The content on this page is from William Sherrard's e-book
Hiker’s Guide to the Trails of Dixon Lake and Daley Ranch.

The Bobcat Trail has its northeastern trailhead off of the Engelmann Oak Trail. Getting to the Bobcat Trailhead from the Cougar Pass Road entrance involves hiking 0.70 miles south on the Cougar Ridge Trail to the Engelmann Oak Trailhead, and then hiking 0.89 miles northeast on Engelmann Oak to the Bobcat Trailhead.
There is a moderate elevation gain from Cougar Pass to the Engelmann Oak Trailhead. However, the hike on Engelmann Oak involves a steep climb from the trailhead to the top of the ridge. After that, the trail is fairly level to the Bobcat Trailhead.

The Bobcat Trail is 1.00 miles in length traversing from Engelmann Oak on the East to the Cougar Ridge Trail on the west. The trail is single lane and can accommodate hikers, bikers and equestrians.
The trail is rated “moderate” in terms of difficulty when hiking the trail west to east. This is because of the 243 foot elevation gain between the west and east ends of the trail. We will be hiking the trail from east to west, starting at 1,692 feet and declining to 1,449 feet at the trail’s end where it intersects the Cougar Ridge Trail. Because of the decline in elevation, the trail is rated “easy” when hiking from east to west.

The trailhead marker for the Bobcat Trail indicates the trail is 1.00 miles long. This is virtually the same reading obtained from a handheld GPS unit.

If you are using a GPS unit on the hike be sure and set it back to 0.00 at the trailhead. All distances displayed on the slides assume your GPS unit has been set to zero at the beginning of the hike.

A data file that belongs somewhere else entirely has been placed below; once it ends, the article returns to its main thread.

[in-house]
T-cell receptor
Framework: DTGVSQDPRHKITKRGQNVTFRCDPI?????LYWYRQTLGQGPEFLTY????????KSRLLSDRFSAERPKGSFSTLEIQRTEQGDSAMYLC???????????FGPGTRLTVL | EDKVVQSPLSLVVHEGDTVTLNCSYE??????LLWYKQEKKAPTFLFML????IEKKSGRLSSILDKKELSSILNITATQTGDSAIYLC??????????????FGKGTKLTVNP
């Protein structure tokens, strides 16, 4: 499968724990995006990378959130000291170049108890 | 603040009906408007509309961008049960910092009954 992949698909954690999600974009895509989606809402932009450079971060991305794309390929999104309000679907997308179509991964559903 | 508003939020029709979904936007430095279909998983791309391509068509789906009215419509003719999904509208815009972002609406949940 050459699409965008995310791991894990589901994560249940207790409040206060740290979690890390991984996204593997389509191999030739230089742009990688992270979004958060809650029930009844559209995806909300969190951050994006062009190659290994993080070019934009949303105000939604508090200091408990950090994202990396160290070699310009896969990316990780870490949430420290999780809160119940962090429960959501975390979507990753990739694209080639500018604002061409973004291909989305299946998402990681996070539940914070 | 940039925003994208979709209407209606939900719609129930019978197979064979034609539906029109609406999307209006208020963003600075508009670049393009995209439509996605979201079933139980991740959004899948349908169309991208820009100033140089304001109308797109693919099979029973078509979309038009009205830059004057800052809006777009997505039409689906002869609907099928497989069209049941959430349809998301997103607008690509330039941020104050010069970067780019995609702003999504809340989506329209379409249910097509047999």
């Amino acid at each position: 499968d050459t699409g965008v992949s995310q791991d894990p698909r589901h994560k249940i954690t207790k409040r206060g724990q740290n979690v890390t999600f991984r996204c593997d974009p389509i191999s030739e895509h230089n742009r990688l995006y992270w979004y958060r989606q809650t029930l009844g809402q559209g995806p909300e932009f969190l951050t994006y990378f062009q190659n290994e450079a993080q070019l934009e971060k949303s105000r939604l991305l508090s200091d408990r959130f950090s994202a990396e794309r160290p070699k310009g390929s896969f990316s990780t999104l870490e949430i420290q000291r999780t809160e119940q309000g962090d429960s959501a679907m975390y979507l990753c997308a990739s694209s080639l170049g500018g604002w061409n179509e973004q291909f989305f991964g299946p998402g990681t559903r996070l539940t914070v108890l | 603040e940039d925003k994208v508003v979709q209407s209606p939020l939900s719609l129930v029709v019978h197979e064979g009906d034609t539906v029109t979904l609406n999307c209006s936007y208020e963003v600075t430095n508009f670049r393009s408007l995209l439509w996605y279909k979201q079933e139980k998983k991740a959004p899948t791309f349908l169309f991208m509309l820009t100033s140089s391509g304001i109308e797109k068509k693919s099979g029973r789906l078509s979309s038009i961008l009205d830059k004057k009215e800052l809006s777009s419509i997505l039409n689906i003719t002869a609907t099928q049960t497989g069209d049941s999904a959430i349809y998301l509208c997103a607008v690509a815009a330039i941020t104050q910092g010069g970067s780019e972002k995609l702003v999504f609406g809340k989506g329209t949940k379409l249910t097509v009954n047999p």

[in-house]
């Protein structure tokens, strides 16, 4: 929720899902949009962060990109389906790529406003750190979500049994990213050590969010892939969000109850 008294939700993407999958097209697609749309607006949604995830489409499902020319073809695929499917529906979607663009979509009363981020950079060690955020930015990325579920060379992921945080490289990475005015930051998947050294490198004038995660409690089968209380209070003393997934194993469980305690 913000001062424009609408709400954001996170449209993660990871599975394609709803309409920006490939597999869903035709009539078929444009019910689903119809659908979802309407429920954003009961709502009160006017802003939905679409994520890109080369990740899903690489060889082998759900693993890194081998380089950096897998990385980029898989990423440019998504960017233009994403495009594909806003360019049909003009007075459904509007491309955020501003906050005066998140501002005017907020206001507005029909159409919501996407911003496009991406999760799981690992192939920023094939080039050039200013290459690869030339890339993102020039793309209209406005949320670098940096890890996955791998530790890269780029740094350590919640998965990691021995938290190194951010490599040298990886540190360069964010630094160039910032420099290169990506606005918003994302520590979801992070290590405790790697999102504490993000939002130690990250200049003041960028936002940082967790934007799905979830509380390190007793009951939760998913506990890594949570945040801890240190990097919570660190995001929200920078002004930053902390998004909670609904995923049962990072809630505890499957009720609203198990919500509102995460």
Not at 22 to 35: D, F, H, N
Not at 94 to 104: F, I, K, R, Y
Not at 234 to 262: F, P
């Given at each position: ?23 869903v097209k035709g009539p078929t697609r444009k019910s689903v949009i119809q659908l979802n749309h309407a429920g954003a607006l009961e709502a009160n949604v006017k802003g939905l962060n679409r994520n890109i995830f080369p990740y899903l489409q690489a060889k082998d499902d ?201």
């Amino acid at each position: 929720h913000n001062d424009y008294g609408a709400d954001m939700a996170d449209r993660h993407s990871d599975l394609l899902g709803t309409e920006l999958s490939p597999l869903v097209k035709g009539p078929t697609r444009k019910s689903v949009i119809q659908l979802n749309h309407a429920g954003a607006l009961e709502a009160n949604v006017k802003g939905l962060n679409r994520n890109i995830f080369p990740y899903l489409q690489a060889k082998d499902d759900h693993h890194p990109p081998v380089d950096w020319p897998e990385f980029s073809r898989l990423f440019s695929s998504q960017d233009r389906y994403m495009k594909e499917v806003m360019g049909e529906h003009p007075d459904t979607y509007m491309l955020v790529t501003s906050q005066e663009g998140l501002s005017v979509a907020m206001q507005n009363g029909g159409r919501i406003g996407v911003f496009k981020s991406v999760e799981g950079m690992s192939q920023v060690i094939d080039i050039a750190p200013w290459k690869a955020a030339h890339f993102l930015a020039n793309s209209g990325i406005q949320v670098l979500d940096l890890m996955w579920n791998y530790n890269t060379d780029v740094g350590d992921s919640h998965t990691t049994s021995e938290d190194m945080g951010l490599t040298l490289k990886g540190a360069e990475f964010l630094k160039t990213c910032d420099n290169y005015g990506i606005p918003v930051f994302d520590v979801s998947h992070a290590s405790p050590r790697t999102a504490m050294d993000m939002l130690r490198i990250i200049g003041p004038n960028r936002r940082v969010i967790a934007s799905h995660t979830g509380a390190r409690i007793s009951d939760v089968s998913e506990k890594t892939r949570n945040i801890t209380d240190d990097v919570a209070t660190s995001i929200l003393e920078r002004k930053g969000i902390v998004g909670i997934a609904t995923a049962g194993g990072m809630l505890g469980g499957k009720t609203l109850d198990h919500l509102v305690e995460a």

There is a prairie/meadow view at the Bobcat Trailhead that is visible for about a tenth of a mile down the trail. South of the meadow, there are mature oaks and shrubs on both sides of the trail.
The foliage ranges from brushes to large trees, one of which is a dead tree shaped to resemble a bucking horse reared up on his hind legs as if to throw a rider from his back. At the quarter-mile mark one can look back towards the east and see the open area we have passed through.
At 0.33 miles down the trail is a “flower garden” that has several bushes with yellow flowers. This is a pleasant respite from the large trees bordering the trail.
At 0.45 miles into the hike, along the southeast side of the trail are the remnants of a French settlement that was on the ranch over a century ago. The stone wall is all that is left of the structures built and used by the settlers.
Upon leaving the French Settlement ruins the trail passes through areas of heavy foliage along the trail. The heavy foliage with occasional large trees along the trail continues until near the end of the hike.
The trail splits near its intersection with the Cougar Ridge Trail. Hikers going west to the Cougar Pass entrance should take the northern branch (turn right) at the fork, whereas those going south on the Cougar Ridge Trail should take the southern branch (turn left).